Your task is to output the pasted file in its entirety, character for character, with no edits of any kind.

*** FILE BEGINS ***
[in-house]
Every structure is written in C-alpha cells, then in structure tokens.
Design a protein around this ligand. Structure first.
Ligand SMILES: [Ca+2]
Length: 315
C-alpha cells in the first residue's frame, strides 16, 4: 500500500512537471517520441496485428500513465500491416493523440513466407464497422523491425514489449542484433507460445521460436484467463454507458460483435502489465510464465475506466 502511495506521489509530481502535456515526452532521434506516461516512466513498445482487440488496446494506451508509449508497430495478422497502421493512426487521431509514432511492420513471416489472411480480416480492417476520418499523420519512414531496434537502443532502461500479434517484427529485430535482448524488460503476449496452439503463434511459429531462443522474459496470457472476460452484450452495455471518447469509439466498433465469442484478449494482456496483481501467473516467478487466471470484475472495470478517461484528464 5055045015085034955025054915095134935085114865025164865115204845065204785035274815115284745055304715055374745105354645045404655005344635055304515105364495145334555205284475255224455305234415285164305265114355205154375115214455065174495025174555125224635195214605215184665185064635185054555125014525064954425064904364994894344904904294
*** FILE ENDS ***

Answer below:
[in-house]
Every structure is written in C-alpha cells, then in structure tokens.
Design a protein around this ligand. Structure first.
Ligand SMILES: [Ca+2]
Length: 315
C-alpha cells in the first residue's frame, strides 16, 4: 500500500512537471517520441496485428500513465500491416493523440513466407464497422523491425514489449542484433507460445521460436484467463454507458460483435502489465510464465475506466 502511495506521489509530481502535456515526452532521434506516461516512466513498445482487440488496446494506451508509449508497430495478422497502421493512426487521431509514432511492420513471416489472411480480416480492417476520418499523420519512414531496434537502443532502461500479434517484427529485430535482448524488460503476449496452439503463434511459429531462443522474459496470457472476460452484450452495455471518447469509439466498433465469442484478449494482456496483481501467473516467478487466471470484475472495470478517461484528464 5055045015085034955025054915095134935085114865025164865115204845065204785035274815115284745055304715055374745105354645045404655005344635055304515105364495145334555205284475255224455305234415285164305265114355205154375115214455065174495025174555125224635195214605215184665185064635185054555125014525064954425064904364994894344904904294